All I needed was to submit the following documents:
· Proof of company ownership
· €3650 receipt in a Montenegrin bank
· Police clearance
· Medical insurance for at least 30 days
· Registration with the local police within 24 of arriving in Montenegro
· Copy of each page of my passport
· Paying the €25 residence permit fee
And that was it!
Getting there was simple. There are many direct flights from Europe’s main cities to Montenegro. You can easily fly to Montenegro from Berlin, Munich, Rome, Warsaw, London, Paris, and Moscow.
What to do in Montenegro?
Montenegro offers a relaxed lifestyle. It gives you the comfy life you’re used to in the West for a fraction of the price, without the stress, the logjams, and taxes of a European metropolis.
Montenegro is still somewhat overlooked as a tourist destination in Europe, but that’s precisely why it’s seen as one of the last few undiscovered tourist investment places in the Old Continent, and especially in the Mediterranean.
I traveled a ton to Switzerland and Norway while studying, which means I’m a huge skiing fan. I arrived in Montenegro during winter, and I didn’t lose much time to go to Kolašin, which is the best skiing destination in Montenegro, and probably in the whole Balkans. It is surrounded by the mighty Bjelasica mountain and cut in half by the river Tara, which offers unique views. The best? It has around 17 km of ski tracks.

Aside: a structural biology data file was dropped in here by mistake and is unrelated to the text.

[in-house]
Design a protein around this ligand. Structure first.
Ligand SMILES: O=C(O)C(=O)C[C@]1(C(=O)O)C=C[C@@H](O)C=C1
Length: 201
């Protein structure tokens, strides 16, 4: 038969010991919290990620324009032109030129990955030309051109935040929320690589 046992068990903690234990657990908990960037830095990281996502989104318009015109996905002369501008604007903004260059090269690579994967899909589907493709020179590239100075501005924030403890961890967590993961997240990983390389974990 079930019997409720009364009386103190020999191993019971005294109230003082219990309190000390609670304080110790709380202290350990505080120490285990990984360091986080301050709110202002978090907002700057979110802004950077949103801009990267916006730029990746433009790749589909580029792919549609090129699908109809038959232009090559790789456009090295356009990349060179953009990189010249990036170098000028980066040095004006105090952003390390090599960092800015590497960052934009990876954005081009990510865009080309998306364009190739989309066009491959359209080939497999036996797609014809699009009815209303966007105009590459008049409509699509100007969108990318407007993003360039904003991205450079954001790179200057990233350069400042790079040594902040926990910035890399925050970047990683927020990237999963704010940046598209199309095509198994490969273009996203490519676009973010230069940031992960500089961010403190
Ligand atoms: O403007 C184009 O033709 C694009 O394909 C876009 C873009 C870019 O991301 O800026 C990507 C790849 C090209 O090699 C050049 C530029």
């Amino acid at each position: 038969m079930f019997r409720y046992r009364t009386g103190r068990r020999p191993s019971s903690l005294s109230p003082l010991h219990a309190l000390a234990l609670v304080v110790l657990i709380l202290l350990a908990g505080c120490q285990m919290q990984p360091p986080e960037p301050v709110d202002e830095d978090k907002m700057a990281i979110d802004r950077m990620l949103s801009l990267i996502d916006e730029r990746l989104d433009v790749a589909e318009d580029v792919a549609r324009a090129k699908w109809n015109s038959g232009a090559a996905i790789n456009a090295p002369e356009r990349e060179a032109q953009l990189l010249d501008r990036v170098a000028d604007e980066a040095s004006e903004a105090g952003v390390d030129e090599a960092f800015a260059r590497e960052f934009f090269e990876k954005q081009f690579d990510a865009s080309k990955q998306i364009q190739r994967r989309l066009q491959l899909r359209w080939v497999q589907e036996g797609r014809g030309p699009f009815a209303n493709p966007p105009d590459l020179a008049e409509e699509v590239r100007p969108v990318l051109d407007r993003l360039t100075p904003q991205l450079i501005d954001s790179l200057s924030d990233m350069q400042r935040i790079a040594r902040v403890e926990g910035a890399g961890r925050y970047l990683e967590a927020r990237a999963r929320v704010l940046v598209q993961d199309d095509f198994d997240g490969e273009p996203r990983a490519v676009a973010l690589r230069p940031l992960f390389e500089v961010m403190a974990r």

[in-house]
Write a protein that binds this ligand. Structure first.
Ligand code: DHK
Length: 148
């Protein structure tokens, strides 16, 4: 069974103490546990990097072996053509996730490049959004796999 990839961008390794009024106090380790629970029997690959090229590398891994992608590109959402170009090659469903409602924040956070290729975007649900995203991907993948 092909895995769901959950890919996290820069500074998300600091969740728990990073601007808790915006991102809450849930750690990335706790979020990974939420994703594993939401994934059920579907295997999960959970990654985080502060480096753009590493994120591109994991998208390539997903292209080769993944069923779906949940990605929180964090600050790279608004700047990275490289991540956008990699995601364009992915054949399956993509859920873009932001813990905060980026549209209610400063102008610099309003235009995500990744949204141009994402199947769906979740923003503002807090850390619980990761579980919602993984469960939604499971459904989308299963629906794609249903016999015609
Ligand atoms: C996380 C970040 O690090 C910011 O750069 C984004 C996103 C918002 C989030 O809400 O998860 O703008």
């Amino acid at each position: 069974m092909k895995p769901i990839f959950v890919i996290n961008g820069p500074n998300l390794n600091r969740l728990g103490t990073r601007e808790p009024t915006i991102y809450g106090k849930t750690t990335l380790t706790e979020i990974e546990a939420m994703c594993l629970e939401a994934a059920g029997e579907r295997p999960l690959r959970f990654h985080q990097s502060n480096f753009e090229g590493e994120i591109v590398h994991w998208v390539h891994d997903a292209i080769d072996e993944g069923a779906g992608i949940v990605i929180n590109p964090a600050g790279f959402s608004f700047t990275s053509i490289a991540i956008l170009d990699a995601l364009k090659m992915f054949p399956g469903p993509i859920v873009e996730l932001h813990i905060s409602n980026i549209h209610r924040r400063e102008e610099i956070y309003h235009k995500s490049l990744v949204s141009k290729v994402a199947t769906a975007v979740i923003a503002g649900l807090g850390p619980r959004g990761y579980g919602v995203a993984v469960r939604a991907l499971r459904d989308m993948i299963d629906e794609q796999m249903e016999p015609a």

The country is quite small, meaning that from Podgorica, you’re a bit more than a one-hour drive from all major tourist attractions in Montenegro. For those who love the beach, the Bay of Kotor and Budva won’t leave them disappointed. In fact, Budva is nicknamed the Balkan Miami. The nightlife is amazing during the summer, and for the rest of the year, it has a calm ambiance, perfect for relaxing and thinking about what to do next with your business.
For those who love culture, history, and architectonical wonders, Montenegro has plenty of them. Kotor has two UNESCO World Heritage Sites: Its bay and its Venetian fortress.
When I started talking with my Montenegrin friends about our potential business, and they proposed locating it in Montenegro, I was skeptical at first. Still, they insisted that Montenegro is Europe’s best-kept secret. Now, I agree wholeheartedly.
For many years, the word kafana was associated with low-class and even used as an almost-insult. Kafanas are local bistros that offer coffee, drinks, and small beverages such as the Spanish tapas. In the last few years, the bad name has gone away, and they’ve become a part of the Montenegrin traditional culture.